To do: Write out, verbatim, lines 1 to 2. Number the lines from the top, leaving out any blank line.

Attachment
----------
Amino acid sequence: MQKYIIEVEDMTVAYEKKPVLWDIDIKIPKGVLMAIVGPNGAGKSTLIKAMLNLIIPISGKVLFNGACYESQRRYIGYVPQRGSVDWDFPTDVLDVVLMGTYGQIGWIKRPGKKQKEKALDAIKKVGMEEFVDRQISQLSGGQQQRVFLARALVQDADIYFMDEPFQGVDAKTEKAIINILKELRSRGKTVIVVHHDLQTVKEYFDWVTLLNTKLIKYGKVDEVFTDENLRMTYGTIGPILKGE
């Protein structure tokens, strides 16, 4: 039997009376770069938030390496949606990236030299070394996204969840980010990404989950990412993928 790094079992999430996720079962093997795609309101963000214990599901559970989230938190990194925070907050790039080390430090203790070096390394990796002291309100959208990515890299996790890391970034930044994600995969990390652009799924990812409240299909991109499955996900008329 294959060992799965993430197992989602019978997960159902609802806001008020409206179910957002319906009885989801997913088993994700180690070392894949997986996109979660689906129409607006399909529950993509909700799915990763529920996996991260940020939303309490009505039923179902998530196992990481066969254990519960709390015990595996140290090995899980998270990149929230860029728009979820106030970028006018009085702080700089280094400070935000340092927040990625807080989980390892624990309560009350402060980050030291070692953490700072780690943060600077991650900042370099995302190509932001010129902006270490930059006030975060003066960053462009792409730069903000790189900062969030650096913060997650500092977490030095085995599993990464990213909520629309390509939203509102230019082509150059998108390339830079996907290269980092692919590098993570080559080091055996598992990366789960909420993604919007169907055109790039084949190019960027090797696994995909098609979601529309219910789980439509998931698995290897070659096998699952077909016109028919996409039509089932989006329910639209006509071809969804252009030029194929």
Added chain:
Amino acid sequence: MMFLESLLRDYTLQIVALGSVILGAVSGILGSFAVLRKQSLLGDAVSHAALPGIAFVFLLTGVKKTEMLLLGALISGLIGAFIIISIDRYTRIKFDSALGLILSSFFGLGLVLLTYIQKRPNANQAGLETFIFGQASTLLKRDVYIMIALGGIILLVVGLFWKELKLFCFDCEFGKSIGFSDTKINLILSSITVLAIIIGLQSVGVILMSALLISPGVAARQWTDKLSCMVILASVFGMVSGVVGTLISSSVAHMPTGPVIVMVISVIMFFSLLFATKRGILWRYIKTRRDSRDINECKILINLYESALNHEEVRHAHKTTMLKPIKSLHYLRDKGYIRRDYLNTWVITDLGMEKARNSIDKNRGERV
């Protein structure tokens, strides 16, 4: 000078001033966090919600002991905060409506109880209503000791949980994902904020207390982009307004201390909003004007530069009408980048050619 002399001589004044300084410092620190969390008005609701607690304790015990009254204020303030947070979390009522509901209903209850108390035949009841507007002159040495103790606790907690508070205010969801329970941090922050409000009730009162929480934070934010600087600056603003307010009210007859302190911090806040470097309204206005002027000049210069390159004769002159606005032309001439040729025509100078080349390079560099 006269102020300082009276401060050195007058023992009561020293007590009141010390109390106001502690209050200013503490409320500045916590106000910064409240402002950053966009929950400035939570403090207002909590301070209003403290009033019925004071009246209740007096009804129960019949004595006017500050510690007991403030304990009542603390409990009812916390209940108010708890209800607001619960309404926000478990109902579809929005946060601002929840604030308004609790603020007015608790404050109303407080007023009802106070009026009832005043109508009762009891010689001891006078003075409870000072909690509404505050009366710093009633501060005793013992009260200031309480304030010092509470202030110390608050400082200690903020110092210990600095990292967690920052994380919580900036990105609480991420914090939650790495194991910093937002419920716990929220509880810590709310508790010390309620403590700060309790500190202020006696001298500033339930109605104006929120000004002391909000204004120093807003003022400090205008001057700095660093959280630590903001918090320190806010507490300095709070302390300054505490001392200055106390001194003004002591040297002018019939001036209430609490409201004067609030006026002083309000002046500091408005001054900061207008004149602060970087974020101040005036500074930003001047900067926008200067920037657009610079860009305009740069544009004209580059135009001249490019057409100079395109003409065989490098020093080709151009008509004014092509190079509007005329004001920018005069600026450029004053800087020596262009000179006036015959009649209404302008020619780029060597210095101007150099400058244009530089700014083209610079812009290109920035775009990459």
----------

Amino acid sequence: MQKYIIEVEDMTVAYEKKPVLWDIDIKIPKGVLMAIVGPNGAGKSTLIKAMLNLIIPISGKVLFNGACYESQRRYIGYVPQRGSVDWDFPTDVLDVVLMGTYGQIGWIKRPGKKQKEKALDAIKKVGMEEFVDRQISQLSGGQQQRVFLARALVQDADIYFMDEPFQGVDAKTEKAIINILKELRSRGKTVIVVHHDLQTVKEYFDWVTLLNTKLIKYGKVDEVFTDENLRMTYGTIGPILKGE
């Protein structure tokens, strides 16, 4: 039997009376770069938030390496949606990236030299070394996204969840980010990404989950990412993928 790094079992999430996720079962093997795609309101963000214990599901559970989230938190990194925070907050790039080390430090203790070096390394990796002291309100959208990515890299996790890391970034930044994600995969990390652009799924990812409240299909991109499955996900008329 294959060992799965993430197992989602019978997960159902609802806001008020409206179910957002319906009885989801997913088993994700180690070392894949997986996109979660689906129409607006399909529950993509909700799915990763529920996996991260940020939303309490009505039923179902998530196992990481066969254990519960709390015990595996140290090995899980998270990149929230860029728009979820106030970028006018009085702080700089280094400070935000340092927040990625807080989980390892624990309560009350402060980050030291070692953490700072780690943060600077991650900042370099995302190509932001010129902006270490930059006030975060003066960053462009792409730069903000790189900062969030650096913060997650500092977490030095085995599993990464990213909520629309390509939203509102230019082509150059998108390339830079996907290269980092692919590098993570080559080091055996598992990366789960909420993604919007169907055109790039084949190019960027090797696994995909098609979601529309219910789980439509998931698995290897070659096998699952077909016109028919996409039509089932989006329910639209006509071809969804252009030029194929």